The lime kiln and related archaeological features (jetty, tramway and structural remains) are located at Bell Point, near Digger Island approximately 1.5 km south of the Walkerville kilns situated at Waratah Bay. it is likely that the kiln was constructed in 1878, at the same time as the six kilns in Walkerville.
As the lime that was produced at Walkerville was in great demand a kiln was constructed to the south at Bell Point, a landmark possibly named after the captain of the SS Waratah William Bell. Sometime prior to 1912, the Bell Point and Waratah Lime Company was formed by John Cain, and William and James Hughes. The Hughes brothers were professional lime burners from Sorrento on the Mornington Peninsula. Albert Elleker, Charles and William Evans and Robert Robertson joined them, and all are listed as directors in trading documents dated 1912. In 1914, William Hughes, then of Ten Mile Creek, is listed as the owner and operator of the Bell Point Lime Company and employed Bill Hilton as operations manager. The Bell Point operation continued until about 1916 when the Hughes brothers both returned to farming on properties in the Ten Mile Creek owing to reduced demand for lime as a result of the war and severe drought. In the years following the 1914-1918 war the building trade boomed in Melbourne and a move was made to reopen the Bell Point Kiln, however, this never occurred. This Bell Point kiln was constructed and operated in the same way as those at Walkerville and was worked by five or six men, some of whom lived with their families in a cluster of small cottages near the kiln. Whilst the bagging shed, cottages and smithy have long since disappeared, parts of the chimneys and other remains can still be found in the undergrowth.
Kiln ? the single brick and stone kiln at Bell Point is in very good condition. Like the nearby Walkerville kilns, it is a typical hillside construction. It is set back about one metre from the top of the escarpment and surrounded by a bricked platform. The shaft is about eight metres deep, with an internal diameter of 3.5 metres. The line of the original access track runs behind the top of the shaft and a pile of limestone blocks lies on the opposite side of the track. The escarpment rises steeply immediately behind the track. The quarry is located some 500 metres south of the kiln and apparently the limestone blocks were transported inland from the quarry by bullock cart and then tipped down the slope, sliding to the top of the kiln. The two stone wing walls (which are about 11 metres long) are closer together than the kilns at Walkerville; the south wall is almost perpendicular to the shaft and the north wall runs out at an acute angle. The front facing wall is of particular interest as there is no barrel vault leading to the draw hole, instead a series of nine cut-timber beams and one iron tie-beam support shallow corbels, staggered underneath the top-facing wall. A brick-framed square-arched draw hole sits at ground level.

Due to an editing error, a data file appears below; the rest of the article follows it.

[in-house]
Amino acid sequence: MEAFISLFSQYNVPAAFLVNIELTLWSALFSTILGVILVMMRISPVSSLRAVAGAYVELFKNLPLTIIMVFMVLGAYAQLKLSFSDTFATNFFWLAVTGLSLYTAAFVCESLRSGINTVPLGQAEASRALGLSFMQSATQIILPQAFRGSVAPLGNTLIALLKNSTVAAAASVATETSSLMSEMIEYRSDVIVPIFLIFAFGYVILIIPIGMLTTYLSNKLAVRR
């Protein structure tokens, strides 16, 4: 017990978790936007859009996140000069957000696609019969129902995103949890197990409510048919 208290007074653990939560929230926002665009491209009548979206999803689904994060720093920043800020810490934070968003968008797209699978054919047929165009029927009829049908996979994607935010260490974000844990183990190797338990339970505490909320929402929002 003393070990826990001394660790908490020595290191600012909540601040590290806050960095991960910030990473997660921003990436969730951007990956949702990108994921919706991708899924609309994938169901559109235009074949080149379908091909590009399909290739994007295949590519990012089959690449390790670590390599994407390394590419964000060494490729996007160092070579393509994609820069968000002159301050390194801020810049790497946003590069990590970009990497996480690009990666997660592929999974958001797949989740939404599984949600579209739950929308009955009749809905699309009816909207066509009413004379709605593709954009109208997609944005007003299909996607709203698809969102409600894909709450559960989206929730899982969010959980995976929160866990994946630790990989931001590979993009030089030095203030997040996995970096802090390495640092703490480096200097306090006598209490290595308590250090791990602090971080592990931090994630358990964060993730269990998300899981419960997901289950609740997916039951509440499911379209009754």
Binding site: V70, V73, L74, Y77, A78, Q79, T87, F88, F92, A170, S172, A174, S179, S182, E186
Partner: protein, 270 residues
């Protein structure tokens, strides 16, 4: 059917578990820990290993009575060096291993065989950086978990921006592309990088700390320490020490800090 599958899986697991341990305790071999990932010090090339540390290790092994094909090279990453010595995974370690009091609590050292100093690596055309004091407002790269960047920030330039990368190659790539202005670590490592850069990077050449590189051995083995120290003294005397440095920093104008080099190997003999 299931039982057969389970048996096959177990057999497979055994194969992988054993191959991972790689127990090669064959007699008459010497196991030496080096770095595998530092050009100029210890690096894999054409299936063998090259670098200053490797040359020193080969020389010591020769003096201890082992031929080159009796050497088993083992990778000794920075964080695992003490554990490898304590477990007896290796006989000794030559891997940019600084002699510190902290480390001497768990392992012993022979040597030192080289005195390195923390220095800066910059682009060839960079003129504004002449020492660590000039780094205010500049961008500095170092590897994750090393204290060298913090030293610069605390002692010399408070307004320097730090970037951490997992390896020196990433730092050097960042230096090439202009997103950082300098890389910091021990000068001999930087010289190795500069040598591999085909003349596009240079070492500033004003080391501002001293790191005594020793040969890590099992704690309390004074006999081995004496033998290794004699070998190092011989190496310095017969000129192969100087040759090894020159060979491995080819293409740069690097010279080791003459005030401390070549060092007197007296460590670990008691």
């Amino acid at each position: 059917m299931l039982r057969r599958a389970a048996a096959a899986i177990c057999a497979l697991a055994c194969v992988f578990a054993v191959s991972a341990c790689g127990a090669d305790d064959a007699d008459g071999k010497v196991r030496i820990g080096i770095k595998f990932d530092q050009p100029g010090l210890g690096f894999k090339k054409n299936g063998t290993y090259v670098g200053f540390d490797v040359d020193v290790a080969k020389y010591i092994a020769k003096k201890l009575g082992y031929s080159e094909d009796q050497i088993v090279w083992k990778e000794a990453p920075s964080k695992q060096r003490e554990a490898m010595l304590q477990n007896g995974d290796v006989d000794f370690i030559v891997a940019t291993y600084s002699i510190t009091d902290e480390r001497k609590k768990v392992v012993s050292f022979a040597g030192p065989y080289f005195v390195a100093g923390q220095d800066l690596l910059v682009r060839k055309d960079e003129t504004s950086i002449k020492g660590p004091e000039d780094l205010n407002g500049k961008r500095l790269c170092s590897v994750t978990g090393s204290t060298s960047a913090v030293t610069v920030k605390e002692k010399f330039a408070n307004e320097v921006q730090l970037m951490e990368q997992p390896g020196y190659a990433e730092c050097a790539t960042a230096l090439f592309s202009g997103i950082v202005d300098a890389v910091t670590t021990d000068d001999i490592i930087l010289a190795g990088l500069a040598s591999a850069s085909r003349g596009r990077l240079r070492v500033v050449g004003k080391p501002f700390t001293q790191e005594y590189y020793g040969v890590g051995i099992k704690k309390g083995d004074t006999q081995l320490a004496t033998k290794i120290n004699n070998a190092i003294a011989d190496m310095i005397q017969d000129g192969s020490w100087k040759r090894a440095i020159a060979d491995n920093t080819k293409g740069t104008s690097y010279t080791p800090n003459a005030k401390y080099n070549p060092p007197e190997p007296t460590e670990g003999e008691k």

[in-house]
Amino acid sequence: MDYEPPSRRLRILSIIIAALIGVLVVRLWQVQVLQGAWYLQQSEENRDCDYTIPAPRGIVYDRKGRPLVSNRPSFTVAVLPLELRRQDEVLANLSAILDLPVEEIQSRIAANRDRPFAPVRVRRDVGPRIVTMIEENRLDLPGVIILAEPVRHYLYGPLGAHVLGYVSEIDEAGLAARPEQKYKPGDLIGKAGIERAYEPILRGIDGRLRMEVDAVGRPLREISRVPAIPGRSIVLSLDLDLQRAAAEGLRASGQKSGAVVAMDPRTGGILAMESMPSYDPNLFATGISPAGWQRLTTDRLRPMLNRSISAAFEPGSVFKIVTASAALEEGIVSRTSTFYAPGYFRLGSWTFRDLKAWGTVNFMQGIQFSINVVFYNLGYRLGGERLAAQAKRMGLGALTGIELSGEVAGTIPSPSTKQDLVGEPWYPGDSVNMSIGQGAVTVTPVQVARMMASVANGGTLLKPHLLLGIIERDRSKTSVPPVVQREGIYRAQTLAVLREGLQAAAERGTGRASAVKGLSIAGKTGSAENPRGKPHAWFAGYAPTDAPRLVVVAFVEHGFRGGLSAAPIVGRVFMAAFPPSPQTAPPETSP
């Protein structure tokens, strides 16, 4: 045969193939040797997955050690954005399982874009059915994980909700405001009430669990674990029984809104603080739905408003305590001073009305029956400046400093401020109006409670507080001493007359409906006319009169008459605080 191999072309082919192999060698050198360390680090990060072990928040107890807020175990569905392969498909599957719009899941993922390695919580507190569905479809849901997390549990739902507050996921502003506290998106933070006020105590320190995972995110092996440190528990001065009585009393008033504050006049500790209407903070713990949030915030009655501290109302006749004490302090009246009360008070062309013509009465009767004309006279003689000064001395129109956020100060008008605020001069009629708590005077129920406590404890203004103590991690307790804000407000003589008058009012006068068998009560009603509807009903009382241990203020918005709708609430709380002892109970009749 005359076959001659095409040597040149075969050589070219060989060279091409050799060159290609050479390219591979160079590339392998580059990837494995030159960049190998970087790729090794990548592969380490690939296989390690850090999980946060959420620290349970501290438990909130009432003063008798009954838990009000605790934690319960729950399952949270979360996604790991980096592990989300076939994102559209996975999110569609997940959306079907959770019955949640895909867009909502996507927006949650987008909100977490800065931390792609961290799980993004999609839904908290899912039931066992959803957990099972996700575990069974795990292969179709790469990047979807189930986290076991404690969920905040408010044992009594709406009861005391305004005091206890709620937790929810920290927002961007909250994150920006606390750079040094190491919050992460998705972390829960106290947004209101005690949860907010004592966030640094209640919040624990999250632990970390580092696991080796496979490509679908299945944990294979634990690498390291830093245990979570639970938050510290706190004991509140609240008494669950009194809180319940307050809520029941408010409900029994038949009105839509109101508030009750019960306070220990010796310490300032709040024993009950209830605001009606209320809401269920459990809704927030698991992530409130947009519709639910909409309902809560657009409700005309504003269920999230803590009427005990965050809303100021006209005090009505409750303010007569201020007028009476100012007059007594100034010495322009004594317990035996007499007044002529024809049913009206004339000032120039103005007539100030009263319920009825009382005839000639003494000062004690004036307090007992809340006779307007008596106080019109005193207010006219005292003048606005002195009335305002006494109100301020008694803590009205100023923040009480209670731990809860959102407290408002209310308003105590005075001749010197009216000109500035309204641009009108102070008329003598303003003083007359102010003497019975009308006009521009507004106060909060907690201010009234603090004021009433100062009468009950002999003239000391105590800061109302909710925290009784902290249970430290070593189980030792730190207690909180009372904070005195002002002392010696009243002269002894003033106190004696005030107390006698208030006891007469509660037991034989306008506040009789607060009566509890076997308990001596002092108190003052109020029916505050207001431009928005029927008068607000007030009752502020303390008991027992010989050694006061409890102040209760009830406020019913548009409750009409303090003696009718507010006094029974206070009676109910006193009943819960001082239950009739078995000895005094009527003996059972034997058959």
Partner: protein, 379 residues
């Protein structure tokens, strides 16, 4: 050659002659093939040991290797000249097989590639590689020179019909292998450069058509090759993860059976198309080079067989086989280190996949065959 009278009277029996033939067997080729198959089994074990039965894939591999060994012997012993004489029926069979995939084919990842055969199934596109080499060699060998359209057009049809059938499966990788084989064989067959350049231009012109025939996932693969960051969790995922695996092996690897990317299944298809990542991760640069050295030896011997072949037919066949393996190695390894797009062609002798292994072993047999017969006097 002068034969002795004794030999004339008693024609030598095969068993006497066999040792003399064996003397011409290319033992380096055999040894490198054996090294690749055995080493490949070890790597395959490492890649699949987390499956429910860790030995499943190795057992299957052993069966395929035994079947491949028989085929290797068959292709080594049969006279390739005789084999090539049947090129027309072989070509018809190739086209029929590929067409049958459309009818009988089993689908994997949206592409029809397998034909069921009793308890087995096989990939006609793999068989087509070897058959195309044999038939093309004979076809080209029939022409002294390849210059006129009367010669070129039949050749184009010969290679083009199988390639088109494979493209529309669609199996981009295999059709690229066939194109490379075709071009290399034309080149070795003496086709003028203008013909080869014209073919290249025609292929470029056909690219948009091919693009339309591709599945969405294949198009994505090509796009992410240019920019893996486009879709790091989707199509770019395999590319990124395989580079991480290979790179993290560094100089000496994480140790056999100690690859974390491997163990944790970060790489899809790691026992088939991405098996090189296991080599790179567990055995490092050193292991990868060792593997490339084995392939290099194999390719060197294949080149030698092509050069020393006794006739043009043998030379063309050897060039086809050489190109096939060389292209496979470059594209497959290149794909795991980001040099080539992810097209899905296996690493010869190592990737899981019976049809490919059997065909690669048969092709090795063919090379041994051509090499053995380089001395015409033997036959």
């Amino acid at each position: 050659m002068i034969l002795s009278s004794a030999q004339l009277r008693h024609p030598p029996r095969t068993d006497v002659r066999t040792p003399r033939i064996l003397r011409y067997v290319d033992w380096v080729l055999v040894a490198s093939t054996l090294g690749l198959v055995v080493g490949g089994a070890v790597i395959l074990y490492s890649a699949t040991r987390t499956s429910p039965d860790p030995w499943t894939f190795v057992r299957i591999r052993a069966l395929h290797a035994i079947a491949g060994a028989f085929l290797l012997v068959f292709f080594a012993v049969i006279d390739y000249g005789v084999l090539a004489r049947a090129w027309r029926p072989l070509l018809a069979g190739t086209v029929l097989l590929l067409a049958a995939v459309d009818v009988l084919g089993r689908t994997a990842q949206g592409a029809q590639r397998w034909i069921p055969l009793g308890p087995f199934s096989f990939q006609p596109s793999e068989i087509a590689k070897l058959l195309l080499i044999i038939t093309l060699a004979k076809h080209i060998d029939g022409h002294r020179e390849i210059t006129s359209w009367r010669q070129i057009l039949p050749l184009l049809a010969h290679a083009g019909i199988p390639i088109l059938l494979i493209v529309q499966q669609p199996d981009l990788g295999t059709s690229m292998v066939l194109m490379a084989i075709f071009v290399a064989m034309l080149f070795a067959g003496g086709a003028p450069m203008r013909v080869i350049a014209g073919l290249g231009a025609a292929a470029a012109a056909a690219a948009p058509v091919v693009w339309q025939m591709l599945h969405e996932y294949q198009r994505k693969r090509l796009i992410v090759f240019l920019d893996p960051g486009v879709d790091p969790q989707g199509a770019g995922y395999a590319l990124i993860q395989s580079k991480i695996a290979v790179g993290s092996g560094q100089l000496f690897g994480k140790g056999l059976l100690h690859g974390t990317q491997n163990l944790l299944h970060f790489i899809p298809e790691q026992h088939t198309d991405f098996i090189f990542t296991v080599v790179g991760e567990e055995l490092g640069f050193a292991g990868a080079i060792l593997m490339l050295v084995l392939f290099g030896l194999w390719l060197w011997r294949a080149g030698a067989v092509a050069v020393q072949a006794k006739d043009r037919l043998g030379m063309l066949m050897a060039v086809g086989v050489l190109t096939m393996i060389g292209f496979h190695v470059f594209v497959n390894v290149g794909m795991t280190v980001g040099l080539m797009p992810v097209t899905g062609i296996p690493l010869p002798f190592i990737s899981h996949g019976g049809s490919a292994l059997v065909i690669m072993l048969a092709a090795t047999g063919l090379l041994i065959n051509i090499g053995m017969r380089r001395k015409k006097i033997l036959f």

Other site features include the remains of a jetty, tramway and habitation sites.
The jetty was built on the north side of Digger Island, and a series ofremnant piles still remainin situ. The lime was loaded into lighters to be taken out to the ship anchored further out as the water was too shallow to allow ships to moor close by.
The remains of metal tram tracks are visible running north from the kiln, towards the beach and the remains of the timber jetty.
Deteriorated brick and stone chimneys can be seen in the bush immediately west of the kiln.These are all thatremain of the lime workers? residences .
How is it significant? The Bell Point Lime Kiln and the related features are of historical, scientific (technological) and archaeological significance to the State of Victoria.
Why is it significant?
Historical - The Bell Point Lime Kiln represents an intact example of a mid-late 19th century lime kiln, of hillside construction.
Scientific - The Bell Point Lime Kiln is scientifically important representing a reminder ofthe industrial processes associated with lime buring industry.The Bell Point Kiln together with those located at Walkerville demonstrate evidence of one of the largest and longest lived major commercial lime burning sites in the Gippsland region. In comparison to other Victorian kilns they demonstrate comparatively advanced technology for their times, representing the height of 19th century lime burning achievement.
Archaeological - The site is of archaeological significance becasue of it's potential to contain archaeological artefacts and material relating to the operation and habitation of the site.